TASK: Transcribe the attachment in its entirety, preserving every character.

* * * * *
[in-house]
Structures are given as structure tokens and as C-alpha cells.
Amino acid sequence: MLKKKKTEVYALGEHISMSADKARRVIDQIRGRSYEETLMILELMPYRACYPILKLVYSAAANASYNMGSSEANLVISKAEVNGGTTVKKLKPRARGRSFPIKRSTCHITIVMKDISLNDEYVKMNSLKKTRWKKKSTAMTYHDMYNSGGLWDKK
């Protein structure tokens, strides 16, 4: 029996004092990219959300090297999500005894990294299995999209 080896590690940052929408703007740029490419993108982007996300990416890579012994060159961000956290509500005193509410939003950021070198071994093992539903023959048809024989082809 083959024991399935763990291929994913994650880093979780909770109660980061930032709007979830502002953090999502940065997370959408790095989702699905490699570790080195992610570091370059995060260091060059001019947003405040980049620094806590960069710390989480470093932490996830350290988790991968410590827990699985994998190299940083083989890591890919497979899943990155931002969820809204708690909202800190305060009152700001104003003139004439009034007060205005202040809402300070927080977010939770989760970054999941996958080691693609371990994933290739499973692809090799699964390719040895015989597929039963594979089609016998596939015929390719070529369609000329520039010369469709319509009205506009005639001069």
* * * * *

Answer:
[in-house]
Structures are given as structure tokens and as C-alpha cells.
Amino acid sequence: MLKKKKTEVYALGEHISMSADKARRVIDQIRGRSYEETLMILELMPYRACYPILKLVYSAAANASYNMGSSEANLVISKAEVNGGTTVKKLKPRARGRSFPIKRSTCHITIVMKDISLNDEYVKMNSLKKTRWKKKSTAMTYHDMYNSGGLWDKK
């Protein structure tokens, strides 16, 4: 029996004092990219959300090297999500005894990294299995999209 080896590690940052929408703007740029490419993108982007996300990416890579012994060159961000956290509500005193509410939003950021070198071994093992539903023959048809024989082809 083959024991399935763990291929994913994650880093979780909770109660980061930032709007979830502002953090999502940065997370959408790095989702699905490699570790080195992610570091370059995060260091060059001019947003405040980049620094806590960069710390989480470093932490996830350290988790991968410590827990699985994998190299940083083989890591890919497979899943990155931002969820809204708690909202800190305060009152700001104003003139004439009034007060205005202040809402300070927080977010939770989760970054999941996958080691693609371990994933290739499973692809090799699964390719040895015989597929039963594979089609016998596939015929390719070529369609000329520039010369469709319509009205506009005639001069």